Once you reach 50, you don't think or pick up trends in the same way. I try really hard to fight against that. It's like taking physical exercise: you have to keep at it. You need to talk to people and understand why they think certain things are important. Otherwise you fall into the same old ways of thinking. It is really important to listen carefully to everyone.

"It is really important to listen carefully to everyone."

You also need to stand up for your ideas, even though we are conditioned not to. It's like those psychology experiments where the subject gives an opinion and everyone else gives a contradictory, blatantly wrong opinion and the subject ends up agreeing with them.

You can see why that behaviour is useful in evolutionary terms: it creates cohesive groups. You are never going to get anywhere if you spend all your time squabbling but it's not helpful when trying to do new things. The trick is to listen and find a way through.

When you are considering investing in a company, what qualities do you look for in a founder? I want someone I can have a discussion with during which we come up with ideas that neither of us would have thought of on our own.

Any red flags? People with too high an opinion of themselves, who don't listen or give other people space.

What is it about Cambridge that makes it so successful as a hub of entrepreneurship and innovation? That's quite simple. It's the open-minded, cross-disciplinary working, the mix of new people and new ideas.

The fact that it's a small city helps, and the University's college system is hugely important in bringing together people with different specialisms in one place. It's those chance encounters at dinner, on the train, in the street - they are what make it work.

The environmental conditions are right in Cambridge. At least, they were. Cambridge is now facing its biggest challenge. Firstly, the city is still growing at seven per cent per year, which means the surface areas that can interact with each other are getting smaller relative to the body mass. In other words, it's becoming easier to work inside an organisation than outside it.

And then along comes Covid. Before the pandemic, we used to meet about 10 people a day. That dropped to one or two - if you were lucky - and it's now settling out at about three. We need to get back to meeting more people in person, having those chance encounters.

I'm chair of Cambridge Ahead's New Era for the Cambridge Economy initiative. Of all the things we've got to think about - housing, transport, office space and so on - nothing is more important than networking. We need a strategy now for what we want it to look like in the future.

If we are all in these little cells and no-one is talking to each other, we are not going to innovate. And that's Cambridge's lifeblood.

"It's the open-minded, cross-disciplinary working, the mix of new people and new ideas."

If you had to give one piece of advice to someone wanting to start their own business, what would it be? Always think about the longer term, the strategy.

Remember Pasteur's 'chance favours the prepared mind'. Understand that great ideas emerge from a synthesis of things, whether that's something you've read or thought, but more often it comes from connecting with people.

You've got to be a proper networker, even if you don't think you naturally are one. In Pride and Prejudice, Darcy says, "I certainly have not the talent some people possess of conversing easily with those I have never seen before."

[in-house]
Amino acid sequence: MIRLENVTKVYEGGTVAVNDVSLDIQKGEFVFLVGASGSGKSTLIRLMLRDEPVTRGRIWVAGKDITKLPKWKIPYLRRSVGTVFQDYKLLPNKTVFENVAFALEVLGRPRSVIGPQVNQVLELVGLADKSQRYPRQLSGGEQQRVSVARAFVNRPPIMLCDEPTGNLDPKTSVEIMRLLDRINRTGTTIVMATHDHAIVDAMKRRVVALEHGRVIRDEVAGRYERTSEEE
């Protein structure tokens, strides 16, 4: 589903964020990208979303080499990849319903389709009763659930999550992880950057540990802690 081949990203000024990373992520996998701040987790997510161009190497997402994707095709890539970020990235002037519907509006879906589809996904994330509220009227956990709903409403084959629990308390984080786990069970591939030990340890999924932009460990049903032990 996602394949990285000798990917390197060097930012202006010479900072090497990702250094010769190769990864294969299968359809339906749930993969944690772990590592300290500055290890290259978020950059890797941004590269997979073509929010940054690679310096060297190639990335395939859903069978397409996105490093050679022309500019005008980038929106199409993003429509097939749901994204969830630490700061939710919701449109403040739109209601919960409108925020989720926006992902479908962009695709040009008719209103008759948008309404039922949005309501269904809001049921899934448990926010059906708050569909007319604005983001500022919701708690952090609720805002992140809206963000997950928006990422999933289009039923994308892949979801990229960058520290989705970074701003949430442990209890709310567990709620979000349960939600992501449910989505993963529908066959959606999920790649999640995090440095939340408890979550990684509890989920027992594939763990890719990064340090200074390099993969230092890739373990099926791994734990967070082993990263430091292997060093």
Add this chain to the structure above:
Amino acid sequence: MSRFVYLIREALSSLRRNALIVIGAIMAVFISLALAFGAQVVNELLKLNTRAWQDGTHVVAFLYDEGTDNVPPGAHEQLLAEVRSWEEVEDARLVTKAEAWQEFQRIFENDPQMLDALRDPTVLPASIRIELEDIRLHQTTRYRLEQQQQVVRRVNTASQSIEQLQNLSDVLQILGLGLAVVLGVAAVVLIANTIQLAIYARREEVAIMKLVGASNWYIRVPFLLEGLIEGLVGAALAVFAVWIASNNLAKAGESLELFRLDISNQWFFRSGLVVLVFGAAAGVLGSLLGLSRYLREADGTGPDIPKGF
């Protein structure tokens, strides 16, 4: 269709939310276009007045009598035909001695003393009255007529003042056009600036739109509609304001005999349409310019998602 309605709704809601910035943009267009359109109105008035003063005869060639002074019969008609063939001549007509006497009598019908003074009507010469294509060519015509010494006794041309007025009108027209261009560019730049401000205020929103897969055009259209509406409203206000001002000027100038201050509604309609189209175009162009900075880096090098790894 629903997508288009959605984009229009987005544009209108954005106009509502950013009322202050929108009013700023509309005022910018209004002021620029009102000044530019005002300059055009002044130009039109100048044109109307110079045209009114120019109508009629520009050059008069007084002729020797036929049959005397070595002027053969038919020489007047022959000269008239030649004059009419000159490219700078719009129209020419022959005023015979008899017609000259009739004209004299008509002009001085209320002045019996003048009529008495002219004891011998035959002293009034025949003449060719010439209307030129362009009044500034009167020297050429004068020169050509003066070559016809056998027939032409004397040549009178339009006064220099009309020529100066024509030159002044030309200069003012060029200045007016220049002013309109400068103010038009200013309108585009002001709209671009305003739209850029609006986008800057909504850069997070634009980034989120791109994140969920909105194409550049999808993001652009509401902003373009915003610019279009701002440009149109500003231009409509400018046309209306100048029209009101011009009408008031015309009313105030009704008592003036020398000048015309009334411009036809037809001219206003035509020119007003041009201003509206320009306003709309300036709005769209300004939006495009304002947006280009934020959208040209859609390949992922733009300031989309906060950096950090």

Elizabeth replies, "My fingers do not move over [the piano] in the masterly manner I see so many women's do... But then I have always supposed it to be my own fault, because I would not take the trouble of practising."

Everyone can network, even people who think they can't. As Elizabeth says, it's up to you to put in the practice.

"Everyone can network, even people who think they can't."

What are you most proud of? Setting up CSaP. The University wanted to connect academic research with policymaking. I turned this on its head. We asked policymakers what they want help with and then put them in touch with experts from different fields who can give them different perspectives.

There have now been something like 12,000 meetings between Policy Fellows and academics and the model is being copied by universities and other institutions around the world.

I'm also very proud of Raspberry Pi. Originally, I came in on the board of directors and then they asked me to be Chair. I reworked the constitution and governance structure and in December we delivered the second set of Raspberry Pis up to the Space Station, so there are now four of them up there. Which is pretty cool.

Quick fire

Optimist or pessimist? Optimist?

People or ideas? Both.  

On time or running late? Probably running late.

The journey or the destination? The journey. 

Team player or lone wolf? Team player.

Novelty or routine? Novelty.

Risk taker or risk averse? Entrepreneurs are generally risk averse. It’s about understanding and managing the risk and being in control.

Big picture or fine detail? Both.    

Lots of irons in the fire or all your eggs in one basket? There are so many irons it’s difficult to keep up with them all.  

Be lucky or make your own luck? You make your own luck but I’ve been very lucky. We are all victims of random events – you just need to be able to recognise an opportunity when you see it. 

Work, work, work or work-life balance? Work, work, work but, although I've been saying this for 30 years, it's definitely about to change. On the other hand, I have just closed a funding round with a genius professor in Glasgow… 

Enterprising Minds has been developed with the help of Bruno Cotta, Executive Director of the Entrepreneurship Centre at the Cambridge Judge Business School.

The text in this work is licensed under a Creative Commons Attribution 4.0 International License.